Accidental release of data reveals how many people actually died of COVID in China

You may remember that last December China suddenly dropped its zero-COVID approach and within weeks there was evidence the disease was running rampant through the population. There were multiple reports later the same month about long lines at Chinese crematoriums and overwhelmed funeral homes. There was really no doubt this was happening because international news outlets like Reuters had video.

Advertisement

What we did not get, of course, from China was any official count of the number of people who’d died. Well, that’s not strictly true. We did get an official number from China in January of nearly 60, 000 additional deaths. Simply put, no one believed that was remotely close to the real number.

Recently, one provincial government posted what appeared to be an accurate figure for the total number of cremations for the first quarter of the year. The figures were quickly pulled down but not before they were noticed.

Official data from China offered a rare, but brief, glimpse of the true toll of Covid, indicating that nearly as many people may have died from the virus in a single province earlier this year as Beijing has said died in the mainland during the entire pandemic.

The data was deleted from a provincial government website just days after it was published on Thursday. But epidemiologists who reviewed a cached version of the information said it was the latest indication that the country’s official tally is a vast undercount.

The number of cremations in the eastern province of Zhejiang rose to 171,000 in the first quarter of this year, the website said. That was 72,000 more cremations, a roughly 70 percent increase, than had been reported in the same period last year.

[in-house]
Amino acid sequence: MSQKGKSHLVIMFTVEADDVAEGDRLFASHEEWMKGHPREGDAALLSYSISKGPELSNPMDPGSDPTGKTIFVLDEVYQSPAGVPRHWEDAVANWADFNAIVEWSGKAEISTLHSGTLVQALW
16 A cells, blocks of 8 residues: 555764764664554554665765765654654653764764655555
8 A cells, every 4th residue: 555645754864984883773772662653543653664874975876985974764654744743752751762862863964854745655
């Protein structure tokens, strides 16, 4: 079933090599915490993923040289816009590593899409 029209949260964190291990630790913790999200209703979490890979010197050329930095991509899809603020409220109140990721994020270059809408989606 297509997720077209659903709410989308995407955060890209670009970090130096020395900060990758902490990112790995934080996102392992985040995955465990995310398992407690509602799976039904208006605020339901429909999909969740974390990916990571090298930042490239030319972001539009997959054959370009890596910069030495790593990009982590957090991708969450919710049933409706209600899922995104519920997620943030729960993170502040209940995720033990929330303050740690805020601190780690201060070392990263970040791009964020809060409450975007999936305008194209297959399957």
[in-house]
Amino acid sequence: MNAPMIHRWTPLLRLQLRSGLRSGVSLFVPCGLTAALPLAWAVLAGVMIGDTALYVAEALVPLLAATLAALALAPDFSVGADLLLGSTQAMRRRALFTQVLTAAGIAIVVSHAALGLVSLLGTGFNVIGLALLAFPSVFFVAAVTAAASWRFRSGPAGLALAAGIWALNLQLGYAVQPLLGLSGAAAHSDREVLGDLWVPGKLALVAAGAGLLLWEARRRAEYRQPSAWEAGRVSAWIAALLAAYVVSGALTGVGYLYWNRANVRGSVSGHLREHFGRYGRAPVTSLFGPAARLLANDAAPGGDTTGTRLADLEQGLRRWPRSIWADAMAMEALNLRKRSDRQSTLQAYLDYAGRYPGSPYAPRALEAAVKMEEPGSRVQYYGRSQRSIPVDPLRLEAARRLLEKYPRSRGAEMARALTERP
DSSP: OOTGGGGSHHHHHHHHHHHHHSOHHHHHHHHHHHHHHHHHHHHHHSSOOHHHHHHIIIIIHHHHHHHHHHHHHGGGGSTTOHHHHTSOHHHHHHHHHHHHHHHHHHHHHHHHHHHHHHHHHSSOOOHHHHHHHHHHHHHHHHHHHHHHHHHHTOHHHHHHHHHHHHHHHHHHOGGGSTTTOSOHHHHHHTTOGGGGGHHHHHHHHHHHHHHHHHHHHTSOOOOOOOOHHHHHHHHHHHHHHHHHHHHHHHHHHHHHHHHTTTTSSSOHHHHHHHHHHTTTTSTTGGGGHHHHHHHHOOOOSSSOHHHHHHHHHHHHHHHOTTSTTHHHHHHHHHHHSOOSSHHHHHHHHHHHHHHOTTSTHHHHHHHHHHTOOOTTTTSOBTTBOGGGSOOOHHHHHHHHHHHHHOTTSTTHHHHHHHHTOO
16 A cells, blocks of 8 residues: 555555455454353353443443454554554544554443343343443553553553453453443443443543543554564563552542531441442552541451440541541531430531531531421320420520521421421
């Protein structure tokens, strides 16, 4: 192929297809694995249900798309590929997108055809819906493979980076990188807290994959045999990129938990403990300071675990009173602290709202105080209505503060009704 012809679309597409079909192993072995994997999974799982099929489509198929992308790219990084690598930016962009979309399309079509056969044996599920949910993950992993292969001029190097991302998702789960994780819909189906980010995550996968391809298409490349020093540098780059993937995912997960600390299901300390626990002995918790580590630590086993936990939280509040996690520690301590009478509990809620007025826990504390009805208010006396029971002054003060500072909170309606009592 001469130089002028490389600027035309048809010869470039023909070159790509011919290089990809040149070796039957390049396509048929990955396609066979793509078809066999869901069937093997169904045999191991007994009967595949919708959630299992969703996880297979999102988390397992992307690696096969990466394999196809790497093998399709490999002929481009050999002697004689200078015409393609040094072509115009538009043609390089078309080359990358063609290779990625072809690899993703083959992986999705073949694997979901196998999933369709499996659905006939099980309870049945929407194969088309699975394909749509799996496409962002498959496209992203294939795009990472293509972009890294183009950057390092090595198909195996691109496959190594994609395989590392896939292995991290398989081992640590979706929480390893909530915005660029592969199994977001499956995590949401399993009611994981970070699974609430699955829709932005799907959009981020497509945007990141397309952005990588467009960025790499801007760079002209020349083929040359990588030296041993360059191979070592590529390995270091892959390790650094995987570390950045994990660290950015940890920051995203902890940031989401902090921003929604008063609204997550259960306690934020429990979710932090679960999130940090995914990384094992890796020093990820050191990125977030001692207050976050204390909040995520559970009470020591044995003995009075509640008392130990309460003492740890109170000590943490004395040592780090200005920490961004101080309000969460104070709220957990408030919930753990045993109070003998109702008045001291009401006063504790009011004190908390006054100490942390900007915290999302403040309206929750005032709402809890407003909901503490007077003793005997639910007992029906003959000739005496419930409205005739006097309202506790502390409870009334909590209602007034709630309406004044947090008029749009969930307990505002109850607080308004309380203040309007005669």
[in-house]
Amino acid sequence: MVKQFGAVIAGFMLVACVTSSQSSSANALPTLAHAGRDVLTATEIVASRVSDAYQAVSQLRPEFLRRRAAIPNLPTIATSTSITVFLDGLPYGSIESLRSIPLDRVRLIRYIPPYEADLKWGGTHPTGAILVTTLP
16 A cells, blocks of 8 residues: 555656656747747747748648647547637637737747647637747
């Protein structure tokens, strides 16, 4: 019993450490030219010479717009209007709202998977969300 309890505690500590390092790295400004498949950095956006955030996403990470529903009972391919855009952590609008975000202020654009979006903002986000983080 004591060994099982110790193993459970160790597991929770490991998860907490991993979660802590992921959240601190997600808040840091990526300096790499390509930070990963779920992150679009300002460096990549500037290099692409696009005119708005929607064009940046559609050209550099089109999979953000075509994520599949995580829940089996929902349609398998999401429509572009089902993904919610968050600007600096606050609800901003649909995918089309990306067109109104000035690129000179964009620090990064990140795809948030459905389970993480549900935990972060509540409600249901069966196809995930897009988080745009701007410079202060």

Advertisement

As of February, China claimed the official death toll for the entire country was 83,150, and yet the excess deaths in this one province for one quarter was around 72,000. Academics who had earlier estimated the actual death toll were able to use the real numbers from this one province to estimate an actual death toll for the entire country.

Ben Cowling, an epidemiologist at the University of Hong Kong, said that the data can be used for a crude estimate of China’s nationwide death toll. “I’m not sure the impact would have been exactly the same in every province, but I think it would be useful for a rough extrapolation,” he said. “It’s consistent with the estimates of around 1.5 million.”

Another team of researchers — Lauren Ancel Meyers, a professor of biology and statistics at the University of Texas at Austin and Zhanwei Du, an epidemiologist at the University of Hong Kong — reached a rough estimate of 1.54 million deaths from December through March in mainland China, based on the cremation count.

Again, that estimate is for the first quarter of this year but does not include any deaths from the month of December when zero-Covid was first abandoned. It also doesn’t include the first weeks of COVID back in 2020 when China also seemed to be intentionally undercounting. So 1.5 million is really just a floor. Coming up with a more accurate total isn’t possible unless someone else actually publishes some more data.

Advertisement

By comparison the CDC lists the US death toll at 1.13 million. The overall number is significantly lower but keep in mind that China’s population is about four times larger than ours. However, even that may not be a truly fair comparison. As David pointed out recently, the US figures are almost certainly a big overestimate in the sense that the CDC has been counting anyone who had COVID when they died as a COVID death even if the disease wasn’t the cause of death. The best estimate is that the actual number of deaths from COVID is about 30% less.

Join the conversation as a VIP Member

Trending on HotAir Videos

Advertisement
John Stossel 5:30 PM | July 13, 2024
Advertisement
Advertisement
Advertisement